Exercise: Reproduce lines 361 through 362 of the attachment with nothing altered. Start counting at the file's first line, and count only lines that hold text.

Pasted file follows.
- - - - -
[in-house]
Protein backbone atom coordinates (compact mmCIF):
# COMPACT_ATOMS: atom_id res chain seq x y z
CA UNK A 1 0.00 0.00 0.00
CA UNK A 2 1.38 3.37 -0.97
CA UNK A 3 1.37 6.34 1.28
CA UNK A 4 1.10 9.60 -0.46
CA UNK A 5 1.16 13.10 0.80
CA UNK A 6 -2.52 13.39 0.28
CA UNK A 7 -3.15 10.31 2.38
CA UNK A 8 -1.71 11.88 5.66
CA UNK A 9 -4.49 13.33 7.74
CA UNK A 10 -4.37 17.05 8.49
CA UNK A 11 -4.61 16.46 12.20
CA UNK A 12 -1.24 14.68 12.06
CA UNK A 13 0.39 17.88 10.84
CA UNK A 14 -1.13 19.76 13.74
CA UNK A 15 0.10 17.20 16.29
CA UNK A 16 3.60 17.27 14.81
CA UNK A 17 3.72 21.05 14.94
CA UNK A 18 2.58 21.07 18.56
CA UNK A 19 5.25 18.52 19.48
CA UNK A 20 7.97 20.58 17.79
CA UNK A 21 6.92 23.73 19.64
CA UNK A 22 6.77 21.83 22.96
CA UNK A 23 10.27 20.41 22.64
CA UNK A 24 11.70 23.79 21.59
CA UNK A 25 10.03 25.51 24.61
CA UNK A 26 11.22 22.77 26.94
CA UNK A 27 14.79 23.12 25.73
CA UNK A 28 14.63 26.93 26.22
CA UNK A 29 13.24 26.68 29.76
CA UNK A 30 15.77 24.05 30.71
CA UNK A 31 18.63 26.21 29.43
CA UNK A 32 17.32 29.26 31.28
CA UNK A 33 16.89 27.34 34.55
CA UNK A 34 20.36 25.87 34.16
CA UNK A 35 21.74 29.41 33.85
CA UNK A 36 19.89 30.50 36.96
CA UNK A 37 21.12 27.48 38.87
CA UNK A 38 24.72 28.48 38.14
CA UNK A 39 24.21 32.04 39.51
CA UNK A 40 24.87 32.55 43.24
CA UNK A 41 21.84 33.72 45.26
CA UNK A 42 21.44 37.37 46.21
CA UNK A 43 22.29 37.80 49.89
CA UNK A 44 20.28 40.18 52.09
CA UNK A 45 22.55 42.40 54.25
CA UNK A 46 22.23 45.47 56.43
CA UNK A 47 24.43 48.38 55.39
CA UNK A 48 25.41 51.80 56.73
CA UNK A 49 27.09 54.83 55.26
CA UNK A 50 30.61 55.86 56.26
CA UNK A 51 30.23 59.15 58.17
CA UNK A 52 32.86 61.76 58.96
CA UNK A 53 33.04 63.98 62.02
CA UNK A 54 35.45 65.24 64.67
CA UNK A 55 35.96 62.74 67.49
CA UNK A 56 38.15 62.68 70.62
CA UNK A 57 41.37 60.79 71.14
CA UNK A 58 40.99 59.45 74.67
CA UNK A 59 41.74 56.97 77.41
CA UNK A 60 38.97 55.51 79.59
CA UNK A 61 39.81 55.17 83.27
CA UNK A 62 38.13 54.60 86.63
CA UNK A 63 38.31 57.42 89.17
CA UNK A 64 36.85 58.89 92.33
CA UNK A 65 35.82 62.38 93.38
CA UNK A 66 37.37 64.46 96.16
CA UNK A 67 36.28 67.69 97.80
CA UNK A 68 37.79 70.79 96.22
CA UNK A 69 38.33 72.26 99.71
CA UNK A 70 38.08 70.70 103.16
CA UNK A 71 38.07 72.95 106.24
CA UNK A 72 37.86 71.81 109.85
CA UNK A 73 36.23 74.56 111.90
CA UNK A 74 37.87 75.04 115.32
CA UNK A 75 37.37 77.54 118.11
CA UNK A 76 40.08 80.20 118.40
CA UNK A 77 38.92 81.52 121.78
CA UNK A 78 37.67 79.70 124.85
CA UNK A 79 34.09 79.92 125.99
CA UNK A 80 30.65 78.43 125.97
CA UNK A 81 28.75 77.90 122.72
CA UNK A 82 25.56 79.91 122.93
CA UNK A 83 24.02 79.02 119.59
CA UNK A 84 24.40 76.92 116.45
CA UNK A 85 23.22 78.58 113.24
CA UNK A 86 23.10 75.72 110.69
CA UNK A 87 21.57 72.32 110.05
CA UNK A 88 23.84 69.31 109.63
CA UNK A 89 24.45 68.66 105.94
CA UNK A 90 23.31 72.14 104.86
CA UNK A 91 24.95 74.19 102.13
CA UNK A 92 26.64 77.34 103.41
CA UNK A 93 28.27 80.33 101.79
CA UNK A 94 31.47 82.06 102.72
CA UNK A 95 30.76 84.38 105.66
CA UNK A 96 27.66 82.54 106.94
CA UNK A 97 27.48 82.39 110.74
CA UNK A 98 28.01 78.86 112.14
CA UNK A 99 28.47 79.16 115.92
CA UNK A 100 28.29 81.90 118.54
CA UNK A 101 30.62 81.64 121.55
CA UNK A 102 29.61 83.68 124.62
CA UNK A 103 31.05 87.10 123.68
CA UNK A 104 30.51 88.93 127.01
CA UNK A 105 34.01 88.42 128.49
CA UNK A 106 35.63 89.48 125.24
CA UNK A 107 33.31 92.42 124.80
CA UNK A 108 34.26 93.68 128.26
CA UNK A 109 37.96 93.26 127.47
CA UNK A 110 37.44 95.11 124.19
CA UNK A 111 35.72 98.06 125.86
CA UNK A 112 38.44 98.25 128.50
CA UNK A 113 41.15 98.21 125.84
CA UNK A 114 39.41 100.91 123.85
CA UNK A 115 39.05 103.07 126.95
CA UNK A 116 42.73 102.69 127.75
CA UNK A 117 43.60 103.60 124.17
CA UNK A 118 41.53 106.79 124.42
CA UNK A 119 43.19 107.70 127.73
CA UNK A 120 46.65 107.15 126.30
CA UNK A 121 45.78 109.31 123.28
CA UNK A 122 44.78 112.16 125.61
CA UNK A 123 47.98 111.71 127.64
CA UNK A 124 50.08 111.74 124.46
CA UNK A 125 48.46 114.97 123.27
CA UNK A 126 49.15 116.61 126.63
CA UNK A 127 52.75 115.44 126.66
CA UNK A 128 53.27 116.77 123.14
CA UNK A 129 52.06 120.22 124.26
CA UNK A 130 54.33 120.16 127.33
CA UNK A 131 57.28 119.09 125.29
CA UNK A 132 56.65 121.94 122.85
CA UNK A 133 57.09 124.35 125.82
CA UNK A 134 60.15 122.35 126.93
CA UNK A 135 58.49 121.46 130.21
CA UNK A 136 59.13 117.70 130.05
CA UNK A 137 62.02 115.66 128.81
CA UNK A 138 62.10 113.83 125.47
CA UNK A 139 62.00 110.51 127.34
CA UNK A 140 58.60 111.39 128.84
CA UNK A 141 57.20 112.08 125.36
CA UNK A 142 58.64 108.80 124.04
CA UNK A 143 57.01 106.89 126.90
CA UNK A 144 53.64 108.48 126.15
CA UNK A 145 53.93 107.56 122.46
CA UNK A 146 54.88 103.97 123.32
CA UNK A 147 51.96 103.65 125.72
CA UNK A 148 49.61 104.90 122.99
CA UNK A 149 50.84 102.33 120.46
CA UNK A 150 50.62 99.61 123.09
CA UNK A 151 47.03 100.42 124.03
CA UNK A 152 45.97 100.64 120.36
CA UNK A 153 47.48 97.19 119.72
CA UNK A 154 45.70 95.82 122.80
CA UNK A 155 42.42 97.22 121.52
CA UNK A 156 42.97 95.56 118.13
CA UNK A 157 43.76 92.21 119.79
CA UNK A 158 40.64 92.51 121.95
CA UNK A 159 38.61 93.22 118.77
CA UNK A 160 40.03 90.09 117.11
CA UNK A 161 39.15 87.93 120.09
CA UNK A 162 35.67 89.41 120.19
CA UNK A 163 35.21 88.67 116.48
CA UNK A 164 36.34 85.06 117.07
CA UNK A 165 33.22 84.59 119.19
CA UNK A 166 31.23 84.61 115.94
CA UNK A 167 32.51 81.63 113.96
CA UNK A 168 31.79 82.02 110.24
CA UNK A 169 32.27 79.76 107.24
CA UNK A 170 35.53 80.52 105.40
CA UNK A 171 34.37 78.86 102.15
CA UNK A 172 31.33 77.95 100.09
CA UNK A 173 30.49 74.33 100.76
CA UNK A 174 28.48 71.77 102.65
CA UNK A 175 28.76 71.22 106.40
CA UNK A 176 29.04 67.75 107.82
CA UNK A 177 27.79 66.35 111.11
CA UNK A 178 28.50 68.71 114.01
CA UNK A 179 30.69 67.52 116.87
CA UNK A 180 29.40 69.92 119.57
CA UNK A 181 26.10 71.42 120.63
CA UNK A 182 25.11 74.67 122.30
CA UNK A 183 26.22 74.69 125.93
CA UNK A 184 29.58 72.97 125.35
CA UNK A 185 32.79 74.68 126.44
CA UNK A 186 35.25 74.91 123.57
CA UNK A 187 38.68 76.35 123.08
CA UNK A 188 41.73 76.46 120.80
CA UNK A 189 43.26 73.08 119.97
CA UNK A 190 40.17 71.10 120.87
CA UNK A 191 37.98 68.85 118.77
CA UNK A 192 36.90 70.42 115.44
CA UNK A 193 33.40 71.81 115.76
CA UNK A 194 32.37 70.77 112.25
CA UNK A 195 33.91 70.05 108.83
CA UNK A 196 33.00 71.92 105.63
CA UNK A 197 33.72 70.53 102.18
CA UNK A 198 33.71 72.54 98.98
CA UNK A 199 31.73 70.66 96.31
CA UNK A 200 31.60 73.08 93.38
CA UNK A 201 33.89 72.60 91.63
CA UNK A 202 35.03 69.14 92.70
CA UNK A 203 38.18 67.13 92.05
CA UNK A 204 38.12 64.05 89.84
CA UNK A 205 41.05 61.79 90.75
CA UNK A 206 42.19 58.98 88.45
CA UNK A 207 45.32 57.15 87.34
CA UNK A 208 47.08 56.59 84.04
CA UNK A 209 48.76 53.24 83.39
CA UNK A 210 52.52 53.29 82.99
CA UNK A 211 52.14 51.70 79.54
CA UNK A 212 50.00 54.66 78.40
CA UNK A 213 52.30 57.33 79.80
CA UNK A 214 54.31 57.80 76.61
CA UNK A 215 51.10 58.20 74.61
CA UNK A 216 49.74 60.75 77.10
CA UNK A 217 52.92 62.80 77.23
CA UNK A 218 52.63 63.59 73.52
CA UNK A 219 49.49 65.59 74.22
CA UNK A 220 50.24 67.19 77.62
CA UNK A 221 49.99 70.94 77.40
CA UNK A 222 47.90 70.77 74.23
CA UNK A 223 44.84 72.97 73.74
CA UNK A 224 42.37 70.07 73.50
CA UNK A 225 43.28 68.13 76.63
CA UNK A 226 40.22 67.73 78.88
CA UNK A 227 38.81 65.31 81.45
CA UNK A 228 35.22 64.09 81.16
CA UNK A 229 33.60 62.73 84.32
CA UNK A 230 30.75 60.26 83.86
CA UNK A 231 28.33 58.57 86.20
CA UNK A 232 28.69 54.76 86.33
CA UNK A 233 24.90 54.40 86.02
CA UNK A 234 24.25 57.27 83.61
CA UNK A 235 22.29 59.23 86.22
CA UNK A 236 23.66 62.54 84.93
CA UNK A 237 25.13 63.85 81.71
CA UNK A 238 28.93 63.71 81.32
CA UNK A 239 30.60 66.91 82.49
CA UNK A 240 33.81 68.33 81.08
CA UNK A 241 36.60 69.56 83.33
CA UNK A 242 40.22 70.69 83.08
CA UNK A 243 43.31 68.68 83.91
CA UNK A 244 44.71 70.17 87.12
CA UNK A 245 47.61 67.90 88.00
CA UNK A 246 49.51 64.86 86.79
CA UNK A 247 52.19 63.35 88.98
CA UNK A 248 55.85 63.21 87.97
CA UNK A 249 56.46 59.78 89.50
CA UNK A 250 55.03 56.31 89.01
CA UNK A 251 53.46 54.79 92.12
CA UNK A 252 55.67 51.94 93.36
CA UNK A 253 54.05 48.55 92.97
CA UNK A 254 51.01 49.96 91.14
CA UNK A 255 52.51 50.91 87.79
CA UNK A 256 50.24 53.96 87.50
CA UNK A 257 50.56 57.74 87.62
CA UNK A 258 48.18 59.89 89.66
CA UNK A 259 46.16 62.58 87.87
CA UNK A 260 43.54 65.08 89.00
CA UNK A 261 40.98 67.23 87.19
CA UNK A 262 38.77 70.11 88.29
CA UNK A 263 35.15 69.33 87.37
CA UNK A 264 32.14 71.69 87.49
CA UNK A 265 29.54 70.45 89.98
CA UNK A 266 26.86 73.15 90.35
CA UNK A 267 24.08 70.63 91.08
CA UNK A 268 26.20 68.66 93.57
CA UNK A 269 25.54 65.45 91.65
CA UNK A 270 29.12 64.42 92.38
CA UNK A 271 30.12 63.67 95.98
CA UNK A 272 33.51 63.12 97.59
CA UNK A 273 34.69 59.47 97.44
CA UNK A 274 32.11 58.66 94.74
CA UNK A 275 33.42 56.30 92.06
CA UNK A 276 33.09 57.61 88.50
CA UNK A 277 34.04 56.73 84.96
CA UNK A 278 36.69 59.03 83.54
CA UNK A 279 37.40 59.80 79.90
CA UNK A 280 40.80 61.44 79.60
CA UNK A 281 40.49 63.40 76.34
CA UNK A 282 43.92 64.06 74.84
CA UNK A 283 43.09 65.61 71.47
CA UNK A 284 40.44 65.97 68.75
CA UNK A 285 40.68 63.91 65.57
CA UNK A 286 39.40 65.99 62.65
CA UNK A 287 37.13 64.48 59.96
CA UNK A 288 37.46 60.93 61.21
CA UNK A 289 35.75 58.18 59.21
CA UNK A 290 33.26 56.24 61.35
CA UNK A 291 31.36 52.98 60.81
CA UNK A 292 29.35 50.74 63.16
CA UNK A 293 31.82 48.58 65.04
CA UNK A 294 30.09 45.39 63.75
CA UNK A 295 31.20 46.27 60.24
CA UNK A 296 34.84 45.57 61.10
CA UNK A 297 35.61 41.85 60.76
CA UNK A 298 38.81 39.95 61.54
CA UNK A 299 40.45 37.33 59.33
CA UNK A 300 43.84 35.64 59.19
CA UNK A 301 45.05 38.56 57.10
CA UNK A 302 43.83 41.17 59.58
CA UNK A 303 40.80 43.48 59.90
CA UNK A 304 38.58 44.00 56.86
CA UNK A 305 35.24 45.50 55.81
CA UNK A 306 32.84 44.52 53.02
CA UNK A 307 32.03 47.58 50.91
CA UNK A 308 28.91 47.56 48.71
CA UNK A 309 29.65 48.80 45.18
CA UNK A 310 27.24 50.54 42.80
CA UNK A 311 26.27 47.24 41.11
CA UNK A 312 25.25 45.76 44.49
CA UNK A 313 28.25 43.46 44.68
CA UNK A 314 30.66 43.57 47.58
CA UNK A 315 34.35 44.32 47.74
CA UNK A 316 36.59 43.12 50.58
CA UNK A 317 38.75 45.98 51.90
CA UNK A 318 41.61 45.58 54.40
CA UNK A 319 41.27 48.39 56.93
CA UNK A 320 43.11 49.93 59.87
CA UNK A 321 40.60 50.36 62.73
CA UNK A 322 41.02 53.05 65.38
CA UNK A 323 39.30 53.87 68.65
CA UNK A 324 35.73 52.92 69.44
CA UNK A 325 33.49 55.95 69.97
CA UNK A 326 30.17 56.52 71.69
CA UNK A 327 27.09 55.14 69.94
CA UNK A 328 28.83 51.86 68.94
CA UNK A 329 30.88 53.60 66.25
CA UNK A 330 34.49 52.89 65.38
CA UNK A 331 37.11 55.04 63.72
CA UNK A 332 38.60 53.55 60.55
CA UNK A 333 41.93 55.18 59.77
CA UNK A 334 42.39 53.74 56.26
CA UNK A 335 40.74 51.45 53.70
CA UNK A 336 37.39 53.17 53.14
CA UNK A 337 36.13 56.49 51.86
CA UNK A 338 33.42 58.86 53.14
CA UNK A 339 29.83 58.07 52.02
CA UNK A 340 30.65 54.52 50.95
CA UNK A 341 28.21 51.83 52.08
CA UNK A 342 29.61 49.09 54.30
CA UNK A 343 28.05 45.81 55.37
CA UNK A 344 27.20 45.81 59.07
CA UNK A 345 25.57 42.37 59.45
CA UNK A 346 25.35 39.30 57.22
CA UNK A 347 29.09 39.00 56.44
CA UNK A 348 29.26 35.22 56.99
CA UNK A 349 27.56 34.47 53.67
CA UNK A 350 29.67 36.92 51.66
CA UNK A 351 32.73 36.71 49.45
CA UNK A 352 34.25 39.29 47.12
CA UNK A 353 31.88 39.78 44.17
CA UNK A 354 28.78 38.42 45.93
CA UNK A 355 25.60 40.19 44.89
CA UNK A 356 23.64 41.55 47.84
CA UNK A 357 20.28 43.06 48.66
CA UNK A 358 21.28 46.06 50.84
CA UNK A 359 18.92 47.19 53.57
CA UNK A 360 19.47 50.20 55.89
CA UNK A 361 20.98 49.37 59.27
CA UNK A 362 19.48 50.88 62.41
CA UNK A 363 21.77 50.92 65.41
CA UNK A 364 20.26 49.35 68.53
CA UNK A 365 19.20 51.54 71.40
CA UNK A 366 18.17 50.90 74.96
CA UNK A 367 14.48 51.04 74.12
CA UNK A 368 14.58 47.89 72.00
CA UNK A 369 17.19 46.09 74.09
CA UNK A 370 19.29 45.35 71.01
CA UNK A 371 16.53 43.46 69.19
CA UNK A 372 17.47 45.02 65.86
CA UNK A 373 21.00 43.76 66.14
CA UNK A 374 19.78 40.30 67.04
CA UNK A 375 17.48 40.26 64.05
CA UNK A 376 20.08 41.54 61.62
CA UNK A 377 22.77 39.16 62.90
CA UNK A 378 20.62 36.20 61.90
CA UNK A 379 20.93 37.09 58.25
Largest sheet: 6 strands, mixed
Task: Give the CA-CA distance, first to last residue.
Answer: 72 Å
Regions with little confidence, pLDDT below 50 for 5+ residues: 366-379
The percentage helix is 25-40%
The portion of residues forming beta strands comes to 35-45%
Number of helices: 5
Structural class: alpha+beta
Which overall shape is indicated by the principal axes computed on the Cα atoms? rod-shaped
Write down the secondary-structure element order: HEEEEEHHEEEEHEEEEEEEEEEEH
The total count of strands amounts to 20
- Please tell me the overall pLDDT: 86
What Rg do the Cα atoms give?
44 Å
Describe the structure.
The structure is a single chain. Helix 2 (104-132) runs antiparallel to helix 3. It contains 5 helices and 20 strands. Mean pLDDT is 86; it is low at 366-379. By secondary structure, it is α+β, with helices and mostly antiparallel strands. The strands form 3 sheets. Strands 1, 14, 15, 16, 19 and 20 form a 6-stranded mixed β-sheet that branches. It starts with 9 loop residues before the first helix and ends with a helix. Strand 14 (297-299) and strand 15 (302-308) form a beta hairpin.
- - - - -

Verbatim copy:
CA UNK A 358 21.28 46.06 50.84
CA UNK A 359 18.92 47.19 53.57